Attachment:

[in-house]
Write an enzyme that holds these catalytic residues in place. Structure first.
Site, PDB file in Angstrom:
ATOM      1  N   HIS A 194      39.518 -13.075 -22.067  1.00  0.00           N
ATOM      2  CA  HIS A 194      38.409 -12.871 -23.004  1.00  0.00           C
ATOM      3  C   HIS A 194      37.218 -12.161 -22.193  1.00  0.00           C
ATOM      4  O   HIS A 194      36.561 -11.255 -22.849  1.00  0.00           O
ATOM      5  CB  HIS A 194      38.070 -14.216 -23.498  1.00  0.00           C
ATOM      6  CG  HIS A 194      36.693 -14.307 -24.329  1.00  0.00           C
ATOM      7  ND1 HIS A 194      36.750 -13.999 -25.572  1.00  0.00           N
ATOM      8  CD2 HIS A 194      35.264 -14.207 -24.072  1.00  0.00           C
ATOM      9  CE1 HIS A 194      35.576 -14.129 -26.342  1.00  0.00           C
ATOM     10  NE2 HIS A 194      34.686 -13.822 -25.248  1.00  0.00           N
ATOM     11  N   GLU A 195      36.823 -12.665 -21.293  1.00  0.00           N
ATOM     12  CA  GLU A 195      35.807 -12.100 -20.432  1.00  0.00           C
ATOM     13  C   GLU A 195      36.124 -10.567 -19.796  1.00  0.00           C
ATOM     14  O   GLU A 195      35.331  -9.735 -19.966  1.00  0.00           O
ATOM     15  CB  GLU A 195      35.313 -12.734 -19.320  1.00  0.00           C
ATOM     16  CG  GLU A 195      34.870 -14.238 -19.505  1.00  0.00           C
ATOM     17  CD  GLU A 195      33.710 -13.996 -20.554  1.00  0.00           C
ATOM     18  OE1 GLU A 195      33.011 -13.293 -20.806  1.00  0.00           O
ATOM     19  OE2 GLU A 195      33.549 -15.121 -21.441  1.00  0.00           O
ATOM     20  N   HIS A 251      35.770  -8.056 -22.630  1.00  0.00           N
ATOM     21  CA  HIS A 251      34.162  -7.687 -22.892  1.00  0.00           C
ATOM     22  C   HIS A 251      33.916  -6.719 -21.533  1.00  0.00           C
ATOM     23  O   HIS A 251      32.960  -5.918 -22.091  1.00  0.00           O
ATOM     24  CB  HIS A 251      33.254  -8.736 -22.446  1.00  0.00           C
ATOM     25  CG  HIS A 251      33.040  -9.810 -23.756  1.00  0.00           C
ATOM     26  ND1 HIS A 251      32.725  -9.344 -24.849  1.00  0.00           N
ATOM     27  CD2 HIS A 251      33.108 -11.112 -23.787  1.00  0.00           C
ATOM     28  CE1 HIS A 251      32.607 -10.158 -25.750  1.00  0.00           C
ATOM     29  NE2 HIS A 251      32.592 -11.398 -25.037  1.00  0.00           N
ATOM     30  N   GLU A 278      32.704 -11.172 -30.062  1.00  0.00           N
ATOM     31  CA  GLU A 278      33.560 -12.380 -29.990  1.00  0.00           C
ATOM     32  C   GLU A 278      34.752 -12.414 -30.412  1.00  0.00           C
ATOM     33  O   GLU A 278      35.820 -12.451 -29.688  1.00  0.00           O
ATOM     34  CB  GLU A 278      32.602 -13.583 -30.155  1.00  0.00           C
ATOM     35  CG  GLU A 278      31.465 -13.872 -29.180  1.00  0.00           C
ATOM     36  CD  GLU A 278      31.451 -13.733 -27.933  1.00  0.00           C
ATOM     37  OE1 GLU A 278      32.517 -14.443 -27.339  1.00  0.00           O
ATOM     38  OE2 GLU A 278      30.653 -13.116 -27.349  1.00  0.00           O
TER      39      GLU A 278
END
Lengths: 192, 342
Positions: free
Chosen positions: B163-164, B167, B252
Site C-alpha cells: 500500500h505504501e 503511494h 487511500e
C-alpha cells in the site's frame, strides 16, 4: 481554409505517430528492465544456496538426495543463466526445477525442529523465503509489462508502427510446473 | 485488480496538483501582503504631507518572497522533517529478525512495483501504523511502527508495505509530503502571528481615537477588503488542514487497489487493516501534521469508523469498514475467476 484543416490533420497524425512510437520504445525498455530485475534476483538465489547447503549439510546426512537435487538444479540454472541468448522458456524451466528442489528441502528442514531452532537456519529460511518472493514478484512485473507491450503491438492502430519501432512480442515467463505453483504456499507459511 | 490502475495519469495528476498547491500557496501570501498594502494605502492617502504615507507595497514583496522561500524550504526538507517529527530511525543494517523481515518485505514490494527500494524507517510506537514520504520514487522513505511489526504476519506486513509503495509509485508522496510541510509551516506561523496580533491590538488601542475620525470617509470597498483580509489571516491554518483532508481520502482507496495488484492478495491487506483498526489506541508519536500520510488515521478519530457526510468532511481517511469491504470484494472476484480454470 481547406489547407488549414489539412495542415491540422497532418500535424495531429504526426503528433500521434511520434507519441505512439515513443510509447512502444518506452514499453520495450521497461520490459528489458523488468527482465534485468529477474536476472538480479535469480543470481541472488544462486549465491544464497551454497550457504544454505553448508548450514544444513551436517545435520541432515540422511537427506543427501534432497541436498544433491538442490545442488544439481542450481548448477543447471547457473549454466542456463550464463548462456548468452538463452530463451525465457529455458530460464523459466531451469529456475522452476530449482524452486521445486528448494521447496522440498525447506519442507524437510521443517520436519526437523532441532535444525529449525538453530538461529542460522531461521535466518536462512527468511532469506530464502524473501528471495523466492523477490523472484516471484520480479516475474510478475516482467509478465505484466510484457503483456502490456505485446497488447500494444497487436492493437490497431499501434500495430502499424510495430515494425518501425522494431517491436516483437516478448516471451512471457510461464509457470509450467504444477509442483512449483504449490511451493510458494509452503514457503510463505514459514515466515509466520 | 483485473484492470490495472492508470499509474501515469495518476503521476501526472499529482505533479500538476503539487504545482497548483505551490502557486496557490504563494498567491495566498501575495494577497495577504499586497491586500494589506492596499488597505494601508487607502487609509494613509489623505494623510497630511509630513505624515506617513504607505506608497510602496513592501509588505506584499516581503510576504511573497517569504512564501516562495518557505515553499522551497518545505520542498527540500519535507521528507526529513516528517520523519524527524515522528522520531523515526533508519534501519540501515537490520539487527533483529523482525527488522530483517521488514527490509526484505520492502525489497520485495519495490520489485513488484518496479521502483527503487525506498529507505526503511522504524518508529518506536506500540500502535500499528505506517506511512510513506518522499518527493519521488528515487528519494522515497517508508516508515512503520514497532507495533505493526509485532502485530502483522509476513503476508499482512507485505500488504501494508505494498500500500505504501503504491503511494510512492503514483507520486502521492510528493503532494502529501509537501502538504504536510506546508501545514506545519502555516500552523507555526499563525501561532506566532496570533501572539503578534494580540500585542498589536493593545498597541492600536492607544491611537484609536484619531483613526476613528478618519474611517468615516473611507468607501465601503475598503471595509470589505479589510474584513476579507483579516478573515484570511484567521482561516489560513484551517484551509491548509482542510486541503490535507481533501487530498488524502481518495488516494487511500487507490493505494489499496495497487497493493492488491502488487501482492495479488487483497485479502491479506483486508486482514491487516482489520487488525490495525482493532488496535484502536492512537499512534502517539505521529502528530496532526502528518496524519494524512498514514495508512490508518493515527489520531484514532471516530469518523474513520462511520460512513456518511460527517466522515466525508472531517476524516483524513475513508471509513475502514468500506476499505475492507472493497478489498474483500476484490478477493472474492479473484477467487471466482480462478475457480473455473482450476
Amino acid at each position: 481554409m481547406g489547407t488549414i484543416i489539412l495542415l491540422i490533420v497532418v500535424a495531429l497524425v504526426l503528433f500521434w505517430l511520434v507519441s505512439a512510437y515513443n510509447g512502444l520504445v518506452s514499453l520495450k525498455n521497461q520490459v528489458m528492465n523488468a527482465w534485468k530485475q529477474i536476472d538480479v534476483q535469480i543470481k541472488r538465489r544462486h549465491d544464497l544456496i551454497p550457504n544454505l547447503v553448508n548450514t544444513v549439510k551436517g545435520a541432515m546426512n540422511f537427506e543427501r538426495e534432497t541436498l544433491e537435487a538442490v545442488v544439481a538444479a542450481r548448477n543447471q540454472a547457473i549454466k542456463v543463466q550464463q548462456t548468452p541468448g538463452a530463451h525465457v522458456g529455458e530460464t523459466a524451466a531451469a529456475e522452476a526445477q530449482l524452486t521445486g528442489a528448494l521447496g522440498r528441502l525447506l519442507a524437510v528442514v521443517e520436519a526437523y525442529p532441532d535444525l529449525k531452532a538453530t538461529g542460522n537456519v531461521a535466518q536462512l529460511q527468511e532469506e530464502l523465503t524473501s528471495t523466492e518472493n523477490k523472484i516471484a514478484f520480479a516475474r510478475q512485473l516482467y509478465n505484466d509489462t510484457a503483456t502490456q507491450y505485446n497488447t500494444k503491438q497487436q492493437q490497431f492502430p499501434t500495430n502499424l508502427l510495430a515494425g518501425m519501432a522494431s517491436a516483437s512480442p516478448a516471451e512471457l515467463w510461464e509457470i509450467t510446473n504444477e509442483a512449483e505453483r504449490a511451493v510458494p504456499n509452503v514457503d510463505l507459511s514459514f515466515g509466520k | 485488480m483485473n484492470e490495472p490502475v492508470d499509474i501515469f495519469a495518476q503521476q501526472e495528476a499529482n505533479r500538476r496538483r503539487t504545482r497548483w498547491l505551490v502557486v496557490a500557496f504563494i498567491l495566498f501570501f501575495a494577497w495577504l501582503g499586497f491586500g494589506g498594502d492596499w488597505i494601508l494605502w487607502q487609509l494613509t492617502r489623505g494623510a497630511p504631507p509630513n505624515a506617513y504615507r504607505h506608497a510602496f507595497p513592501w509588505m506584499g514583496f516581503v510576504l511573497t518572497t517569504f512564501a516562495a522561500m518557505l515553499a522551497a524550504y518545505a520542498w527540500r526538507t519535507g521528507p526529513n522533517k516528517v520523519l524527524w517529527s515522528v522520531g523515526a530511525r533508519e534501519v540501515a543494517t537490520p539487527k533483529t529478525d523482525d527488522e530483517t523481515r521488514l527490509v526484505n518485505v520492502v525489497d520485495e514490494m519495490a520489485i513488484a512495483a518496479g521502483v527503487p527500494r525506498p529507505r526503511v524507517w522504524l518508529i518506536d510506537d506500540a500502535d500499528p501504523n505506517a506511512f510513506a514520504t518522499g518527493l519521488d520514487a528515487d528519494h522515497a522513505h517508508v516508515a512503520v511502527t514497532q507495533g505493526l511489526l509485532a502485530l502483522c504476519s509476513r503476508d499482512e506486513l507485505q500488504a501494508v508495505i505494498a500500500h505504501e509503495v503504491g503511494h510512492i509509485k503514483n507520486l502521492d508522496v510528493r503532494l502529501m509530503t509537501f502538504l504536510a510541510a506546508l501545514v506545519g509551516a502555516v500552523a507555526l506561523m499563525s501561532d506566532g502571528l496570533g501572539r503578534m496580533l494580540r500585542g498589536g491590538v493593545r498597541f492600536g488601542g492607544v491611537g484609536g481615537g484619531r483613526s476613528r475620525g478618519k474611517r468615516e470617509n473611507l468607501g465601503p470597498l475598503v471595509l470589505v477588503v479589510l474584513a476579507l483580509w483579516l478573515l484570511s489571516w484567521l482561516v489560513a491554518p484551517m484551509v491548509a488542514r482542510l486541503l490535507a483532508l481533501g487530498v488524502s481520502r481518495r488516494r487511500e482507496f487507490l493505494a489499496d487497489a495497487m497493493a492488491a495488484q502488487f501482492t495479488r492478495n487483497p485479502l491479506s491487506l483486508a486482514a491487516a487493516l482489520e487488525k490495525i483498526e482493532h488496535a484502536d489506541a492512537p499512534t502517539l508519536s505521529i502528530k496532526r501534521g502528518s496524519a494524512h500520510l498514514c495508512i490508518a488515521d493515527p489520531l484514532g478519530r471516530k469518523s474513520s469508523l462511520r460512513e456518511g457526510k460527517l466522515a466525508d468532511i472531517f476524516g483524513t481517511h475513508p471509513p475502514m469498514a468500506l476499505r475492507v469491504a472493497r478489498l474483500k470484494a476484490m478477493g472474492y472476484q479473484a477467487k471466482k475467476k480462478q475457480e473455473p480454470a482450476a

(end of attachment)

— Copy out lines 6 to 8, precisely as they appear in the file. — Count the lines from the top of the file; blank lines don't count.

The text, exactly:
ATOM      3  C   HIS A 194      37.218 -12.161 -22.193  1.00  0.00           C
ATOM      4  O   HIS A 194      36.561 -11.255 -22.849  1.00  0.00           O
ATOM      5  CB  HIS A 194      38.070 -14.216 -23.498  1.00  0.00           C